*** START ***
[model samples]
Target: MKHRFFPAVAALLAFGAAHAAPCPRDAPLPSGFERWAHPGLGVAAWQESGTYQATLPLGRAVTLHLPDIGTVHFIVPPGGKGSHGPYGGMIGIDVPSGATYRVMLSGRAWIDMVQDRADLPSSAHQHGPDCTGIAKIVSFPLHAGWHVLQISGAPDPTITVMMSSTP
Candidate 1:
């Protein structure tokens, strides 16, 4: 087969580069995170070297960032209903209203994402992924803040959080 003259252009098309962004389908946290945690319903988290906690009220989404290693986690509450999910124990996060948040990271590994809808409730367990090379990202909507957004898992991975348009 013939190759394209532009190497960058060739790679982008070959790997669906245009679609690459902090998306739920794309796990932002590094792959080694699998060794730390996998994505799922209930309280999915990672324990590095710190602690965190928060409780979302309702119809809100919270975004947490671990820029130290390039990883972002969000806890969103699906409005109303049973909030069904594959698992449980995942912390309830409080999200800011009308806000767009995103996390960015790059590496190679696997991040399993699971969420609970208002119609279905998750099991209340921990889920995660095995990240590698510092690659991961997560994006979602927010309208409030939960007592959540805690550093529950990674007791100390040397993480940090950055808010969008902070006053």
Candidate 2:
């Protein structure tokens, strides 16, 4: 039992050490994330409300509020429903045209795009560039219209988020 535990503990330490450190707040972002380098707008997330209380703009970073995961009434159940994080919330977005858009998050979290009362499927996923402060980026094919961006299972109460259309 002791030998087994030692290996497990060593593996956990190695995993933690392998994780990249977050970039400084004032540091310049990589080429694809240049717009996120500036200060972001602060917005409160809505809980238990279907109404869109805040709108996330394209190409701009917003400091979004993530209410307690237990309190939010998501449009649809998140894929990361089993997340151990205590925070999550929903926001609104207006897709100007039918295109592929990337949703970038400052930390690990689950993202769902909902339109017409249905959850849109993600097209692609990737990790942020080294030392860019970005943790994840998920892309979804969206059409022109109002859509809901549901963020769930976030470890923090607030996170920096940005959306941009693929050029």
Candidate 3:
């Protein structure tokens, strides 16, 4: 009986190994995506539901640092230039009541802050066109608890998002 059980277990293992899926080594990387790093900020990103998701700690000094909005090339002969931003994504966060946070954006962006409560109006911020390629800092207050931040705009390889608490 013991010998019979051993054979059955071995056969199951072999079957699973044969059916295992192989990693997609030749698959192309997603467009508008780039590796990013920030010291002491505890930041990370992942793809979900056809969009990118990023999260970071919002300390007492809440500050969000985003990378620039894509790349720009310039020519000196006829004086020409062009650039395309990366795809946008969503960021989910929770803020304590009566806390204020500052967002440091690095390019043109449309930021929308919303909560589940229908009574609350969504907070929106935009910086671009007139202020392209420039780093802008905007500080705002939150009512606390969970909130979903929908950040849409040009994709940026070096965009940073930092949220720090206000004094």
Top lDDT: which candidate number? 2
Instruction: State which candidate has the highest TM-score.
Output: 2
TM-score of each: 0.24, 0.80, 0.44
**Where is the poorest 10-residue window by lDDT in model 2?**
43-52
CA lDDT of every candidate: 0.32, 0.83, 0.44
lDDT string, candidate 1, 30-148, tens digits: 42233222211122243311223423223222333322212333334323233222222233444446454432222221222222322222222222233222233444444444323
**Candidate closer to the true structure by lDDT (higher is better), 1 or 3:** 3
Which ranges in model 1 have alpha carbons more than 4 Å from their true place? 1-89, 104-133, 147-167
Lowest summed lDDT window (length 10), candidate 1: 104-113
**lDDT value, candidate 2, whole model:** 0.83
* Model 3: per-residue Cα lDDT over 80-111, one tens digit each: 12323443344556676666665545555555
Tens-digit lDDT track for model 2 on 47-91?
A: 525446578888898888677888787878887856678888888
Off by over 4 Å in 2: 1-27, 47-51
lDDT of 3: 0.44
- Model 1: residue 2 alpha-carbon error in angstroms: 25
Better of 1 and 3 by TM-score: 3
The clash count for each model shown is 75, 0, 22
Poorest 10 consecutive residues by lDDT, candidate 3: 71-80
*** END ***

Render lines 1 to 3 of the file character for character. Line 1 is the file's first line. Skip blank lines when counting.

[model samples]
Target: MKHRFFPAVAALLAFGAAHAAPCPRDAPLPSGFERWAHPGLGVAAWQESGTYQATLPLGRAVTLHLPDIGTVHFIVPPGGKGSHGPYGGMIGIDVPSGATYRVMLSGRAWIDMVQDRADLPSSAHQHGPDCTGIAKIVSFPLHAGWHVLQISGAPDPTITVMMSSTP
Candidate 1: